Next month will mark a year since Gary Stevens made his comeback nearing 50 after a seven-year retirement, and what a ride it's been.
While he's thrilled with the results of 2013, Gary is looking forward to 2014, not only for himself, but his brother, Scott, who is among the final five finalists for Santa Anita's George Woolf Memorial Jockey Award next year.
To no one's surprise, Scott's staunchest supporter is Gary, who won one of Thoroughbred racing's biggest honors himself in 1996 when he was named the 47th Woolf winner.
Despite his vested interest, Gary is steadfast in his belief that Scott is worthy of the award, which is voted on by peers and honors riders whose careers and personal character earn esteem for the individual and the sport. The other Woolf finalists are David Amiss, Dennis Carr, Aaron Gryder and Corey Lanerie.
At 52, Scott has never gained the international or monetary acclaim of his younger brother, who turns 51 this March 6. But that doesn't diminish one iota the love and respect Gary holds, and bloodlines have nothing to do with it.
“I think he's very deserving of the award,” Gary said. “Not just because it's my brother but because he exemplifies what the award's all about. He's a class act.
“When people ask me who I idolize in the sport, he's the guy. I wish that I behaved off the track like he does. He's my hero, not only as a rider, but more as a person. I'm rooting for him. He's been nominated a couple of times, so hopefully, this is the year.”
Scott has overcome life-threatening injuries several times during a career that began nearly 40 years go, winning more than 4,250 races at nationally under-the-radar ports of call such as Turf Paradise in Phoenix, Canterbury Park in Minnesota, Assiniboia Downs in Winnipeg, Canada, Emerald Downs near Seattle, briefly in Northern and Southern California, and Les Bois Park in his home state of Idaho.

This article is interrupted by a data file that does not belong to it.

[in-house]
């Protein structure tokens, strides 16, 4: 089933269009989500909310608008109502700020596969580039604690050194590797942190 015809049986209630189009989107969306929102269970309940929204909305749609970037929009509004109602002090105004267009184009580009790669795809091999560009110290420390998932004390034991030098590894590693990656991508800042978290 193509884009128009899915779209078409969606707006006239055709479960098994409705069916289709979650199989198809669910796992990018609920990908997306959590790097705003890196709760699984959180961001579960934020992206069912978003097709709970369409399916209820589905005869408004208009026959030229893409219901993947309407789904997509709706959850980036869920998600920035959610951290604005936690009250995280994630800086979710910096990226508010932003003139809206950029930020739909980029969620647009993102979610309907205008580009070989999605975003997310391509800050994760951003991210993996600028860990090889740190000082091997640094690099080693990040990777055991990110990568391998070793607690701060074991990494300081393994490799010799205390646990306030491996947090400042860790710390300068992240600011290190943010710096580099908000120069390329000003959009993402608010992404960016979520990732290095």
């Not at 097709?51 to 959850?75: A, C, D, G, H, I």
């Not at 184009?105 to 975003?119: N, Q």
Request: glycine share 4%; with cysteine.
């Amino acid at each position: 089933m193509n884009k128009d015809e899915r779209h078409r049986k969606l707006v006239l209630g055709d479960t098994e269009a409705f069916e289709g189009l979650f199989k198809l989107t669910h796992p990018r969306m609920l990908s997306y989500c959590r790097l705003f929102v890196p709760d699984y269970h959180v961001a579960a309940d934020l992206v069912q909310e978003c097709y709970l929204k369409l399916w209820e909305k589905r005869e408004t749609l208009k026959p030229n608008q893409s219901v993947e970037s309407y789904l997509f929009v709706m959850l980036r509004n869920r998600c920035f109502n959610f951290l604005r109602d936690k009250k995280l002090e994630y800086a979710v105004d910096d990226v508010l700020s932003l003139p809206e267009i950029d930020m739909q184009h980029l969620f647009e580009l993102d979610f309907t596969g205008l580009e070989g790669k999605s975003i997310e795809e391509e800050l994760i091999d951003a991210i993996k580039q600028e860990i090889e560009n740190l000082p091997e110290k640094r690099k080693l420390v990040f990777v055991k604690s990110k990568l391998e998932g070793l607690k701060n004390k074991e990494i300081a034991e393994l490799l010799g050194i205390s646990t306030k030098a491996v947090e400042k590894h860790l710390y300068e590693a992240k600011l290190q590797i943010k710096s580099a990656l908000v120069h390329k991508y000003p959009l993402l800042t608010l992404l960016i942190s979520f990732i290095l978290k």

All that pales by light years, of course, to Gary, whose accomplishments shocked the racing world in 2013. Included among his 4,954 career triumphs were victories in this year's Preakness Stakes, the Breeders' Cup Distaff and the Breeders' Cup Classic.
Little wonder Gary is a candidate for his second Eclipse Award as North America's Outstanding Jockey, having won it in 1998. Not to be overlooked are his induction into the Hall of Fame in 1997, three Kentucky Derby victories, and 10 triumphs in Breeders' Cup races, tying him at sixth all-time with Lanfranco Dettori.
Add to the laurels a highly acclaimed acting debut in the 2002 movie mega hit, “Seabiscuit,” in which he portrayed none other than George Woolf himself, and gigs as analyst for HRTV and NBC-TV, and there's little doubt Gary has a Jack-of-all-trades mindset, except that he masters them all.
As to Gary's wild ride this year, “It couldn't have been much better,” he said. “I was in Vegas doing a book-signing a few days ago and during an interview, the guy says it looks like it's going to be between you and (Javier) Castellano for an Eclipse Award, and I started laughing.
“I said, ‘Just to have that mentioned at this time of year is amazing.' I didn't leave Seattle until Dec. 20 last year. That's when I came back to California from my fitness training . . . If somebody had told me then that I was going to be in the running for an Eclipse Award, I would have just laughed at them and thought they were making fun at me or something.
“But we've had a fun year. Craig (agent Craig O'Bryan) has done an unbelievable job; my horses have been unbelievable, the trainers and owners and everybody. It's been a fun, fun year, the most memorable of my career.”
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